Welcome to Windsor Park Stories

In this age of 30 minute sitcoms, brutal police dramas and sensational talk shows, a breath of fresh air is blowing across the broadcast airwaves. It emanates from a serene but inspirational place called Windsor Park. After you visit Windsor Park, you will feel uplifted as well as reminded of humanity's aptitude for overcoming the toughest of obstacles.

Professional journalists with the proverbial "nose for news" have always known that some of the best stories do not involve the actions of high profile public figures. Instead, they are a part of the lives of ordinary people with extraordinary stories to tell.

This is the concept behind Windsor Park Stories. Produced by the award-winning team of Mussari-Loftus Associates of Dallas, Pennsylvania, Windsor Park Stories calls out to everyday television viewers with messages of hope, inspiration and service.

Despite Windsor Park Stories focus on everyday people, the series is not simply a collection of observations about regional life. Instead, it centers on the real life experiences of people who visit the gardens at Windsor Park. Many of the stories are told by residents of Northeastern Pennsylvania, while others are told by people who live half a world away.

Thinking About Joe Paterno PDF Print E-mail
Written by Tony Mussari   
Sunday, 22 January 2012 13:59

Joe Paterno

Written By Tony Mussari, Sr.
Copyright 2012
Mussari-Loftus Associates, LTD
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In the end, we will remember not the words of our enemies, but the silence of our friends. Dr. Martin Luther king

The news of Joe Paterno’s death did not take me by surprise, I expected it. Anyone who followed his story during the past two weeks, knew that Joe Paterno’s days were numbered. Nevertheless, I was saddened to read about Joe’s passing.105_Joe Paterno

During my lifetime, I had three encounters with Joe Paterno.  All of them were positive.

The first time I called him, he answered his own phone. I invited him to be a speaker at a banquet here in my hometown.  He could not attend because of health problems his wife was experiencing. He graciously volunteered to get us another speaker, and he did.

Our second meeting happened when my brother Ken introduced me to Joe at a social function. He was polite, gracious and very friendly.

The third contact took place 21 years ago. My brother, an avid Penn State fan, died shortly after he left the Blockbuster Bowl in the third quarter.  The cause, a fatal heart attack.He was 53-years-old. Our family was devastated. I wrote to Joe Paterno to tell him about Ken’s death. I asked him to write a letter to Ken’s wife and children to ease their pain.

This is the letter he wrote:

105_ Paterno Letter A800

During an interview for Windsor Park Stories in 2007, Lee Lispi, one of Joe Paterno’s players, spoke about Joe Paterno the coach and the man. You can watch that interview at this address:

http://www.windsorparktheater.com/index.php?option=com_hwdvideoshare&task=viewvideo&Itemid=27&video_id=102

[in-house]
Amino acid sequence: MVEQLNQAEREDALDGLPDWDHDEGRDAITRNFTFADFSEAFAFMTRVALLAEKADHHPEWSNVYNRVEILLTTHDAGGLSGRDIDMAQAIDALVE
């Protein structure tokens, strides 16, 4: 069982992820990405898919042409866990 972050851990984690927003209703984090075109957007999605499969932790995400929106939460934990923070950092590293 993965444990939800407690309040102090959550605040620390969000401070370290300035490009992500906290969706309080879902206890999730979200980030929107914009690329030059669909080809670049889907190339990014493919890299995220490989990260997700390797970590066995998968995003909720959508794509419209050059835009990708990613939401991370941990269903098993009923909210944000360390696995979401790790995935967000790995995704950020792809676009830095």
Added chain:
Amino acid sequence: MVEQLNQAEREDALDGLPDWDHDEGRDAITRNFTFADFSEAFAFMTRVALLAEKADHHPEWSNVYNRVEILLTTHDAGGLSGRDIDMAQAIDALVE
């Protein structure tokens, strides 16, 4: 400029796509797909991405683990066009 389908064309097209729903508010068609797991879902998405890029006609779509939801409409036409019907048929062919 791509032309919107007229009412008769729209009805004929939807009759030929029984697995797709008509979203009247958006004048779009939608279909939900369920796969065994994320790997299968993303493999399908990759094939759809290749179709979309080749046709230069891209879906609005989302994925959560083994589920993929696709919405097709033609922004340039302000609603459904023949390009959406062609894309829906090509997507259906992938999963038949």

Much has been written and said about Joe Paterno during the past few months. In my mind’s eye, the words William Shakespeare wrote for Mark Antony should be comforting to Joe Paterno’s family and instructive to us:

Friends, Romans, countrymen, lend me your ears;
I come to bury Caesar, not to praise him.
The evil that men do lives after them;
The good is oft interred with their bones;105_JCFolgLib
So let it be with Caesar. The noble Brutus
Hath told you Caesar was ambitious:
If it were so, it was a grievous fault,
And grievously hath Caesar answer'd it.
Here, under leave of Brutus and the rest -
For Brutus is an honourable man;
So are they all, all honourable men -
Come I to speak in Caesar's funeral.
He was my friend, faithful and just to me:
But Brutus says he was ambitious;
And Brutus is an honourable man.
He hath brought many captives home to Rome
Whose ransoms did the general coffers fill:
Did this in Caesar seem ambitious?
When that the poor have cried, Caesar hath wept:
Ambition should be made of sterner stuff:
Yet Brutus says he was ambitious;
And Brutus is an honourable man.
You all did see that on the Lupercal
I thrice presented him a kingly crown,
Which he did thrice refuse: was this ambition?
Yet Brutus says he was ambitious;
And, sure, he is an honourable man.
I speak not to disprove what Brutus spoke,
But here I am to speak what I do know.
You all did love him once, not without cause:
What cause withholds you then, to mourn for him?
O judgment! thou art fled to brutish beasts,
And men have lost their reason. Bear with me;
My heart is in the coffin there with Caesar,
And I must pause till it come back to me.

105_J Paterno TFDOn this day of parting, the words of Joe Paterno ring true for me.  This morning I sent his words as a thought for the day to a friend and former student to ease the pain of a recent setback in his life.

Joe Paterno, coach, teacher, philanthropist, husband, father and grandfather is dead at 85. He achieved greatness. He empowered others to do good work on and off the field. He was human. He made mistakes, and one serious and haunting misjudgment. He lived long enough to acknowledge that misjudgment.

He was, in Shakespeare’s words, an honorable man.

May God have mercy on his soul.

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Last Updated on Monday, 23 January 2012 07:39
 
Be Yourself: Our Face of America Journey Continues PDF Print E-mail
Written by Tony Mussari   
Monday, 16 January 2012 16:59

Be Yourself!

Written By Tony Mussari
Copyright 2011
Mussari-Loftus Associates
The Face of America Project
www.faceofamericawps.com
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To be yourself in a world that is constantly trying to make you something else is the greatest accomplishment. Ralph Waldo Emerson

N.E.D., Hallelujah!